When it comes to changing the way physicians practice, guidelines and educational initiatives alone are not effective. An editorial by James A. Arrighi, M.D., a cardiologist with Rhode Island Hospital, explains the effective methods to change physician behaviour and improve compliance to guidelines. The editorial is published online in advance of print of the February 8 edition of the American Heart Association's journal Circulation.
Arrighi's editorial is a response to an article on the implementation of appropriate use criteria (AUC) for a medical imaging study at a large academic medical centre. Arrighi, who is also a professor of medicine at The Warren Alpert medical School of Brown University, says, 'A consistent finding in the literature is that simple educational approaches that use conferences and passive learning methods are not effective in altering physician behaviour. Since the initial development of clinical guidelines in medicine, and now with the more recent development of the AUC, the real challenge is the development of effective methods for their implementation.'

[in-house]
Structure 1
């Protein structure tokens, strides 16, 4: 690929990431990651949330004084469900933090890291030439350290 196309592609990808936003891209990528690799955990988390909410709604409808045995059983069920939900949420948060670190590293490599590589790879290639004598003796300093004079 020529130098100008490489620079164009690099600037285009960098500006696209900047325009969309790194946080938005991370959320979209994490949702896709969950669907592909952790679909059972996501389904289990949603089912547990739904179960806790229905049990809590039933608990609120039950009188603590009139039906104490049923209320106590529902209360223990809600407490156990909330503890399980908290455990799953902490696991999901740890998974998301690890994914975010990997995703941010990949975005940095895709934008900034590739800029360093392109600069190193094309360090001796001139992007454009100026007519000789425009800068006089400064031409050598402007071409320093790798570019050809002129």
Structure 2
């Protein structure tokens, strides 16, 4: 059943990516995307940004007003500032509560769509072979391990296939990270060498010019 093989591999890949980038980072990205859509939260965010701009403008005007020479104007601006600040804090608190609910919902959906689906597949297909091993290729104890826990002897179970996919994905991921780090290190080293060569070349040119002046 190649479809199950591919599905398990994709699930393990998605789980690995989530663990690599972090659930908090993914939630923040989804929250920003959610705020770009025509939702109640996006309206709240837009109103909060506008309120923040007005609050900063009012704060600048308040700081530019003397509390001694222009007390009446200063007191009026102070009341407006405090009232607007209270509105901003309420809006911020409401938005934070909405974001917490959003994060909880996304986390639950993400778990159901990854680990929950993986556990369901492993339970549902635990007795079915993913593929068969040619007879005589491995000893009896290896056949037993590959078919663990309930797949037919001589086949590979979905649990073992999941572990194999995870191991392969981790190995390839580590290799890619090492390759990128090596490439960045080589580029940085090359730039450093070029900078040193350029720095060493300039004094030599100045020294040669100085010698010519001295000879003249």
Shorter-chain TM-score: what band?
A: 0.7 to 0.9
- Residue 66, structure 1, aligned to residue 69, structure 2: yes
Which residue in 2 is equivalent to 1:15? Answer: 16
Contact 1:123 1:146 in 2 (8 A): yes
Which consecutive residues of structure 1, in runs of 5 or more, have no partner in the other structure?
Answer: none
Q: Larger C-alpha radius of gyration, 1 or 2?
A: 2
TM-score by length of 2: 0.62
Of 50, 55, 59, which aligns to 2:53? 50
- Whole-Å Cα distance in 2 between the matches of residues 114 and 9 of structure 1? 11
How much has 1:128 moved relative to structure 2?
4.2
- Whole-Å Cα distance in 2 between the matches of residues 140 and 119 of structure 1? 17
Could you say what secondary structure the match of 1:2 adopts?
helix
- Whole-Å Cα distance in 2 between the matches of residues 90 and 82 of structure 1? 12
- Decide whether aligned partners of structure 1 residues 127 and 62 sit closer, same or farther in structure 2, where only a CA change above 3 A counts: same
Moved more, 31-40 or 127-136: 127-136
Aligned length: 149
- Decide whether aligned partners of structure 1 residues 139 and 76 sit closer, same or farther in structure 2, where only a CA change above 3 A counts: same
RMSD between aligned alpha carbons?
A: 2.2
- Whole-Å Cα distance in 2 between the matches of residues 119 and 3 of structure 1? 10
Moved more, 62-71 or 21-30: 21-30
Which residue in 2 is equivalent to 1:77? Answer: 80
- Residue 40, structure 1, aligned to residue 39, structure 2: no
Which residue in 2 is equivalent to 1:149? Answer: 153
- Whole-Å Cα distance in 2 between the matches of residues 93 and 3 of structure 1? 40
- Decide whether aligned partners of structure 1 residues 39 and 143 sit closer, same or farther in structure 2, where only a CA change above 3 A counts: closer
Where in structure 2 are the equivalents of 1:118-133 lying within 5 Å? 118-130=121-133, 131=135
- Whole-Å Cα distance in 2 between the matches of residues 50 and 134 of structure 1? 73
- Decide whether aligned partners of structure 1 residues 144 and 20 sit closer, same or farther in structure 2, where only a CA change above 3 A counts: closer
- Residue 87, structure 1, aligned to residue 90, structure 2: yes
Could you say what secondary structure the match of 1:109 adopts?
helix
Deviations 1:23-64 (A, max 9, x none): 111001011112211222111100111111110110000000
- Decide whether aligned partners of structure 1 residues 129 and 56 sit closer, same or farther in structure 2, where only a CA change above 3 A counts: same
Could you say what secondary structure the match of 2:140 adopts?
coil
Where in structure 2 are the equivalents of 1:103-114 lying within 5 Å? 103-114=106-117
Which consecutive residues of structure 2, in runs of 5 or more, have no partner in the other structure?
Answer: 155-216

In his editorial, Arrighi points to ways to optimise educational efforts. He recommends multifaceted or multimedia approaches to educational initiatives; interactive approaches such as case discussions, role playing, peer discussions and case-based learning as opposed to passive forms of learning; sequential or longitudinal efforts rather than single point interventions; and techniques the reinforce the targeted behaviour, especially ongoing personalised feedback.
Arrighi writes, 'Relatively simple educational interventions are not likely to change provide behaviour. Educational interventions should be multifaceted to maximise and maintain their impact. Education is not dead; like everything else, it's just a little more complicated than it used to be.'